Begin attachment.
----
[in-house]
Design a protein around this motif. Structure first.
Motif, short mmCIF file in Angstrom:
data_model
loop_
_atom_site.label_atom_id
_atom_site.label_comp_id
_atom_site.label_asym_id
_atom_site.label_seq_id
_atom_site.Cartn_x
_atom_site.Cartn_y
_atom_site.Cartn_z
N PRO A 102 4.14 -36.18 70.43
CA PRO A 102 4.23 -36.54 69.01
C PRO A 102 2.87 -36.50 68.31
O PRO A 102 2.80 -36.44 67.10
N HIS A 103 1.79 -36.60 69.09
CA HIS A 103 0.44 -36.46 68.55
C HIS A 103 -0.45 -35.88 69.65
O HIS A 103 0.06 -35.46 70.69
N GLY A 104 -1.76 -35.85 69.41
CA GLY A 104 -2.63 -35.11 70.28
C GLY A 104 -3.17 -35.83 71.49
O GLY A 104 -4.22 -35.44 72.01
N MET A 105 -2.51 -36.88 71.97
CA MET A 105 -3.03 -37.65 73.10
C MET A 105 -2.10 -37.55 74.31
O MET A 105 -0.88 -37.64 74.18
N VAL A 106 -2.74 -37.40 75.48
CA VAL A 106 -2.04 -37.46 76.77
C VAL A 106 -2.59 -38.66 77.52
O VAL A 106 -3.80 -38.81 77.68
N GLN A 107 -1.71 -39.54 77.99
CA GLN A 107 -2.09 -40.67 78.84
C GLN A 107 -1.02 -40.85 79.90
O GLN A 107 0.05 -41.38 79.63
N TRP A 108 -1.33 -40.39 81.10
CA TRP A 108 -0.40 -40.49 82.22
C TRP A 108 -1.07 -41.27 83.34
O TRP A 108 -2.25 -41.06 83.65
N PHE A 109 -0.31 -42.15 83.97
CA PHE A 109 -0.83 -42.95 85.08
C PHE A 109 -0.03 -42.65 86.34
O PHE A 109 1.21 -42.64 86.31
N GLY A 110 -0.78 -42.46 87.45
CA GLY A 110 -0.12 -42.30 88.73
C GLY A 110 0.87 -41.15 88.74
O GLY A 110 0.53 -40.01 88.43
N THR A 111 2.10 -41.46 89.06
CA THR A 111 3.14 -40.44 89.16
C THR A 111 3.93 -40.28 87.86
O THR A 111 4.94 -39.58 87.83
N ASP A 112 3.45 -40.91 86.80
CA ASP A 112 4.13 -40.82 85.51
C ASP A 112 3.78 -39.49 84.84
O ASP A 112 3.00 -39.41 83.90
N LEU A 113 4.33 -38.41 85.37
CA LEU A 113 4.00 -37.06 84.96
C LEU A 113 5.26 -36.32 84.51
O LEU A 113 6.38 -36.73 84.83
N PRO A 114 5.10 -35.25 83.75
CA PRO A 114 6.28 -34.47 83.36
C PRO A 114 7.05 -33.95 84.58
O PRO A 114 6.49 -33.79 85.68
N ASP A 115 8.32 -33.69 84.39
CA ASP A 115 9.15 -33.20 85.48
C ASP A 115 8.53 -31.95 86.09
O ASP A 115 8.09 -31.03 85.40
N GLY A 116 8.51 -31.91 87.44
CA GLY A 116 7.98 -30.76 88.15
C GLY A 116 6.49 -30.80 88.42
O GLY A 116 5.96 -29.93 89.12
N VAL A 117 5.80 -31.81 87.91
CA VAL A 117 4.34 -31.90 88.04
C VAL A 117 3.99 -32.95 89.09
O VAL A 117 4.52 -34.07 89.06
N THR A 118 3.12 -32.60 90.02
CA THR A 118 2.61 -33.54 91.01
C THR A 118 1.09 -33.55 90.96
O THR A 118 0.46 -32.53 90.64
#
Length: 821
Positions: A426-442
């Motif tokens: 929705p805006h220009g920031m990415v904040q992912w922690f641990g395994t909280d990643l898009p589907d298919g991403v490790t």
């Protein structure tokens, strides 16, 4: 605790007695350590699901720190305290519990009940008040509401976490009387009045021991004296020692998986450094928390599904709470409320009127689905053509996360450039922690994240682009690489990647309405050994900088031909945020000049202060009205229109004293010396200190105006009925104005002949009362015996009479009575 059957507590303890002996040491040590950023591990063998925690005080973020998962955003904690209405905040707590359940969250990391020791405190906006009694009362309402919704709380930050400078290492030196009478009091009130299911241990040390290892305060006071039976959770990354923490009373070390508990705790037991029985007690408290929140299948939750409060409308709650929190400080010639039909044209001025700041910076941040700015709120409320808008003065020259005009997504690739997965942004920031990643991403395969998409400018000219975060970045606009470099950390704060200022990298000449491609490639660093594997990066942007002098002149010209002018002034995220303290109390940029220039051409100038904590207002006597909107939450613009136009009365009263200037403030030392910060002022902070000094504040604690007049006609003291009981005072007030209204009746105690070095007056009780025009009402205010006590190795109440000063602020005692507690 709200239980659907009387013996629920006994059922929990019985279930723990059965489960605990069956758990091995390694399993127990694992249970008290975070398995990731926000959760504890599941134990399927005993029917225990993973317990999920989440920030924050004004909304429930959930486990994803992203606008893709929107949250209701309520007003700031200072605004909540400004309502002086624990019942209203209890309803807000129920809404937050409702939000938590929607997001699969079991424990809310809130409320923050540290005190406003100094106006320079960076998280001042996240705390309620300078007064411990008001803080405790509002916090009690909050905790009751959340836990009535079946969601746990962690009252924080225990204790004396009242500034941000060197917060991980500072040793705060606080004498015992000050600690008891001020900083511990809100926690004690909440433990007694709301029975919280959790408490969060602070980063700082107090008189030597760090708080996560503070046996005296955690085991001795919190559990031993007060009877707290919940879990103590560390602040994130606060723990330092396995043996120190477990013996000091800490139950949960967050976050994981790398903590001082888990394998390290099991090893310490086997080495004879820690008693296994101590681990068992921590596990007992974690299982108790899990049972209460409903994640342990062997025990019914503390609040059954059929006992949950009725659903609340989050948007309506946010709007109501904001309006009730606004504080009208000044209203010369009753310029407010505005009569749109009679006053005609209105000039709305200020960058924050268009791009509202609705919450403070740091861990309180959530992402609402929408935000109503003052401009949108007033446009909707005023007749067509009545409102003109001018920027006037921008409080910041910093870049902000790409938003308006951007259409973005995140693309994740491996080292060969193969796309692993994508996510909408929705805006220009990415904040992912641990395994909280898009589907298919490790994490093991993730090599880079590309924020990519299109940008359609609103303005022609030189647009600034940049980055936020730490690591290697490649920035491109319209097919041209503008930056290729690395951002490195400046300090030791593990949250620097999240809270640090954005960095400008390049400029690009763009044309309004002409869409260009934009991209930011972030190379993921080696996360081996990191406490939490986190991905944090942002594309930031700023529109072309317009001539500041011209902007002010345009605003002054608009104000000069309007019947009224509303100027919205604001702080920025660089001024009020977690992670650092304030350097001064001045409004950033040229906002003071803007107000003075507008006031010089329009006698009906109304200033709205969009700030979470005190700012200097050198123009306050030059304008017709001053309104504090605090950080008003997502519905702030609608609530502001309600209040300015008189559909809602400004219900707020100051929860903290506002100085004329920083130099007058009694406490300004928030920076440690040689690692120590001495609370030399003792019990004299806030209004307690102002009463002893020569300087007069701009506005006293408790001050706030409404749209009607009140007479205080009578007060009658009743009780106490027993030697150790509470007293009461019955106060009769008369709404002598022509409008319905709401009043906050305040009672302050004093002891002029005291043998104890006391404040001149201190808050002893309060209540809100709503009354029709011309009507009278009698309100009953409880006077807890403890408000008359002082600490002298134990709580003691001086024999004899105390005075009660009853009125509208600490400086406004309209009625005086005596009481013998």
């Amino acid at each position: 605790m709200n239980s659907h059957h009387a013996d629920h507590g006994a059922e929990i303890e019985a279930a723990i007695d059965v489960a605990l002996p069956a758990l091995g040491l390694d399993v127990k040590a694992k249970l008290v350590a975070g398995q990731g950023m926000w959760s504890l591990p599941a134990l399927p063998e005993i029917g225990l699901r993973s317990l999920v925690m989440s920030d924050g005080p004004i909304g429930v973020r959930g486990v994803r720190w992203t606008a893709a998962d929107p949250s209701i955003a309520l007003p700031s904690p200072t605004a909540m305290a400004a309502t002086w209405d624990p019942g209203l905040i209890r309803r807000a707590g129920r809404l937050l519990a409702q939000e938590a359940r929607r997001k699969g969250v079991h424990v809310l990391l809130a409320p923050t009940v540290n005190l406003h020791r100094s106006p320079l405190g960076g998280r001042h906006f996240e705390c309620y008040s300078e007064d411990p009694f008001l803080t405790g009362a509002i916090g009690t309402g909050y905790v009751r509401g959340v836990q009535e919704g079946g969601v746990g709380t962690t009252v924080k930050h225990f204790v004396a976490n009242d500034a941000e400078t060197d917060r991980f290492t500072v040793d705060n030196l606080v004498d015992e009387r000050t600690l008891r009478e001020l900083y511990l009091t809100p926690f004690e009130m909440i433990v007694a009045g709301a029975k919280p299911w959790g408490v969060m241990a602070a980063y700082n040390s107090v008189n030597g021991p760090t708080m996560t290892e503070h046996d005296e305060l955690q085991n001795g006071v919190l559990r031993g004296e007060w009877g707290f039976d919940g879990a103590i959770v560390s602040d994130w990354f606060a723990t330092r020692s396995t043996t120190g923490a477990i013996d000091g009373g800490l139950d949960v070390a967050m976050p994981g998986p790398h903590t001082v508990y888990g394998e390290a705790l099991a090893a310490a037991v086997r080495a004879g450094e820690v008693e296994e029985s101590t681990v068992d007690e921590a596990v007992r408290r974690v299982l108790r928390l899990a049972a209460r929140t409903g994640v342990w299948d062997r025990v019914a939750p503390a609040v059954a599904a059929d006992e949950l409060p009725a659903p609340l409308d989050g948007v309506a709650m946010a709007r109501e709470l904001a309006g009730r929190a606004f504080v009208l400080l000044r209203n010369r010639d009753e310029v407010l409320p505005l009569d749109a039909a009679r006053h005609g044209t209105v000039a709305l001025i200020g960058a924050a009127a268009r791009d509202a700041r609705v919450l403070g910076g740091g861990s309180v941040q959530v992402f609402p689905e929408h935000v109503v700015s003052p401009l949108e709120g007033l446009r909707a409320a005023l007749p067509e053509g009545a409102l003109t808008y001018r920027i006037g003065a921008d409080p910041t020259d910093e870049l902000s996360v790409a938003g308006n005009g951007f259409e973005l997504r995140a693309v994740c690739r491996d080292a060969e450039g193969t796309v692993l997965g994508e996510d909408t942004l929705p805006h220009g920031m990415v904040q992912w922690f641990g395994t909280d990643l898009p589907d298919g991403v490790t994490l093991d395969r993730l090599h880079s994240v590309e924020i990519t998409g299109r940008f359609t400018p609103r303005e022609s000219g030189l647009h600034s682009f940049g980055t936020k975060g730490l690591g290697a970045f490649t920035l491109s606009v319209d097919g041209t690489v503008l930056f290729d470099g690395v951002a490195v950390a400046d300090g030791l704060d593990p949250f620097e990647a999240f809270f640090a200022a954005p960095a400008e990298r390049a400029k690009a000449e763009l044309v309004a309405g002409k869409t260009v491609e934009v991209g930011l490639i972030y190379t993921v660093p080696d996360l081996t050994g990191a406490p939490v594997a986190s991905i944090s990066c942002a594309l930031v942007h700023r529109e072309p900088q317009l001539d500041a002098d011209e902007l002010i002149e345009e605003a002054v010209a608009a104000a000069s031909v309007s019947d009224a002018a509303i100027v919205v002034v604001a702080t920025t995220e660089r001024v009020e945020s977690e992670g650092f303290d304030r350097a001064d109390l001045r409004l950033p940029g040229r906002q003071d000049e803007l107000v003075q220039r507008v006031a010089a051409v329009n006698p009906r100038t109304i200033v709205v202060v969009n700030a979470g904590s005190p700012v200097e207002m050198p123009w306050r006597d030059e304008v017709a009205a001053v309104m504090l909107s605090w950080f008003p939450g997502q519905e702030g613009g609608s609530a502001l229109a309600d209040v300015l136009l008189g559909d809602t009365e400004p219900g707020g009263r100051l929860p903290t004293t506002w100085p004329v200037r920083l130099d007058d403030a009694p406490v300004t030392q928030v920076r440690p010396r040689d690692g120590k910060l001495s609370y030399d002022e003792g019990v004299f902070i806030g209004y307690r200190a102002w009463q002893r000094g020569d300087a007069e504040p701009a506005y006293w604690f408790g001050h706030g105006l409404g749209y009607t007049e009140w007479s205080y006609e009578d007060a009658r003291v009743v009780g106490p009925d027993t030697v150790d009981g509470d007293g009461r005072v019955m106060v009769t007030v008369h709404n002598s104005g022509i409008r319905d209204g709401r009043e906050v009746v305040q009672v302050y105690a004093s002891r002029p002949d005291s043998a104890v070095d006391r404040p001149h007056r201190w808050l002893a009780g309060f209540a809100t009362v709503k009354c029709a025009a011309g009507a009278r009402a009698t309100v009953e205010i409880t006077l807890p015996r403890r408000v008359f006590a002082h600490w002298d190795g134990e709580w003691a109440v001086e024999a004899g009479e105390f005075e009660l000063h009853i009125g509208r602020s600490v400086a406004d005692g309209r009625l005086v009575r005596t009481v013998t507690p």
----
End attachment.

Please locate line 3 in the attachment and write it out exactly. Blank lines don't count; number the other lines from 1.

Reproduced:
Motif, short mmCIF file in Angstrom: